2013 Favorites

We now return you to 2014, already in progress

blackberrysnackSame rules as usual: winners are selected from the past year’s films that I’ve seen and written about on the blog.  This time around, I’ve limited each “Best” (including Pictures, Actresses, and Actors) to three winners instead of five (with an exception only if one film had two same-gender leads), and kept the single winner for the “body of work” category.  I’ve added “sleepers” this year as well.  First-time readers: note that each of the three listed items in each category are joint “winners” (not that they receive anything but my approval), not three nominees with one winner.  Use the left-side navigation to find my original write-ups of each film.

In some particular order:


Best Pictures

Blue is the Warmest Color

Inside Llewyn Davis

Short Term 12

Sleeper: 12 Years a Slave


Best Actress (single performance)

Brie Larson as Grace – Short Term 12

Judi Dench as Philomena Lee – Philomena

Adèle Exarchopoulos as Adèle and Léa Seydoux as Emma – Blue is the Warmest Color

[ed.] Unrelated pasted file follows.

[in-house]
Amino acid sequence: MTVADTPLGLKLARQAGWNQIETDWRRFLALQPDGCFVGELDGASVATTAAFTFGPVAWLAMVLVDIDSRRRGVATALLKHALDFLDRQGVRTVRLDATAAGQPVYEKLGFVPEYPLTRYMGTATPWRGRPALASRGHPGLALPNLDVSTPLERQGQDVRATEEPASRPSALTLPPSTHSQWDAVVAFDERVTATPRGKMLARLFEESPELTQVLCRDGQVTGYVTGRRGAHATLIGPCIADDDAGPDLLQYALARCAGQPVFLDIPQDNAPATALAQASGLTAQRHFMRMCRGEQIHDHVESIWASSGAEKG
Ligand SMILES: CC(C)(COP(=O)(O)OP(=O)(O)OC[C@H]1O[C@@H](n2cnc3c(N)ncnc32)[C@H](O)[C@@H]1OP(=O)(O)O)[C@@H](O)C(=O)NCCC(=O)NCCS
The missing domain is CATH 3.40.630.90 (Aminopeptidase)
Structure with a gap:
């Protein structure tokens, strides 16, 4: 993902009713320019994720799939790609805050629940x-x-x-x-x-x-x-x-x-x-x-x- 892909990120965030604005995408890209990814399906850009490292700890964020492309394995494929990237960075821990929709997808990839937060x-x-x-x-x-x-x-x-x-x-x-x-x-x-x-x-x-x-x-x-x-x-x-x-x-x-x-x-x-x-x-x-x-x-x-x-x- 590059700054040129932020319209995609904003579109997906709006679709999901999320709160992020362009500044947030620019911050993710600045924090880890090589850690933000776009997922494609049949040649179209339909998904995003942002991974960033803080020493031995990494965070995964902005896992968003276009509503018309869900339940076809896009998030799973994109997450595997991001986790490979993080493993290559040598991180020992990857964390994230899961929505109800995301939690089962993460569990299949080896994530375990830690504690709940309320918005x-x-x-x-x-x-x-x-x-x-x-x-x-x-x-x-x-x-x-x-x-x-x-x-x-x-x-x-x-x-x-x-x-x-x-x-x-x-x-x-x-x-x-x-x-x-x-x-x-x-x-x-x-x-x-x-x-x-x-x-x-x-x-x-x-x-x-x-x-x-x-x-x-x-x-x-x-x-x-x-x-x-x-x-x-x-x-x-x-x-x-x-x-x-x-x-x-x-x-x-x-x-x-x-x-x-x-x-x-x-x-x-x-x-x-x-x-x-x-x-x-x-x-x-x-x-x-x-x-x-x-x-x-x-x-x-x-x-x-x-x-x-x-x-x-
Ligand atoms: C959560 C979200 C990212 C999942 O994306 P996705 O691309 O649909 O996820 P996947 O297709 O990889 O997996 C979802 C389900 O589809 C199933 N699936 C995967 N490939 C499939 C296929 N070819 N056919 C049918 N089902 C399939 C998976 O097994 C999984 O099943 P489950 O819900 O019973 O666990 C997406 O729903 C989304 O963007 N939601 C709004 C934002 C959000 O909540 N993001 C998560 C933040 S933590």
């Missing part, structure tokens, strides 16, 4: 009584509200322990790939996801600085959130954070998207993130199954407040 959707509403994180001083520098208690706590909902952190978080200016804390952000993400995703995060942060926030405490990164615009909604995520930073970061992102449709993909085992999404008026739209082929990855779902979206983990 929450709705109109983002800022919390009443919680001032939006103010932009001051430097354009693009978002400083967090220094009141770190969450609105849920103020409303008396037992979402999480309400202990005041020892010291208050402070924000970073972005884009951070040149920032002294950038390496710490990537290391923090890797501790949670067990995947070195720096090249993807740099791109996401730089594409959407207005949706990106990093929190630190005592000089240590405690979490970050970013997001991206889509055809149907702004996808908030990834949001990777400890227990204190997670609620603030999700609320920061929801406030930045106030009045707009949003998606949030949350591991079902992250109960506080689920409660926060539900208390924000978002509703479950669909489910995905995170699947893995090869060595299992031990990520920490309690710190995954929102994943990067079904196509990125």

Sleeper: Amy Acker as Beatrice – Much Ado About Nothing


Best Actress (body of work)

Mia Wasikowska


Best Actor (single performance)

Chiwetel Ejiofor as Solomon Northup – 12 Years a Slave

Oscar Isaac as Llewyn Davis – Inside Llewyn Davis

Michael Shannon as Richard Kuklinski – The Iceman

Sleeper: Forest Whitaker as Cecil Gaines – The Butler


Best Actor (body of work)

Michael Fassbender


Best Supporting Actress

Ellen Page as Izzy – The East

Lupita Nyong’o as Patsey – 12 Years a Slave

Oprah Winfrey as Gloria Gaines – The Butler

Sleeper: Jena Malone as Johanna Mason – Catching Fire


Best Supporting Actor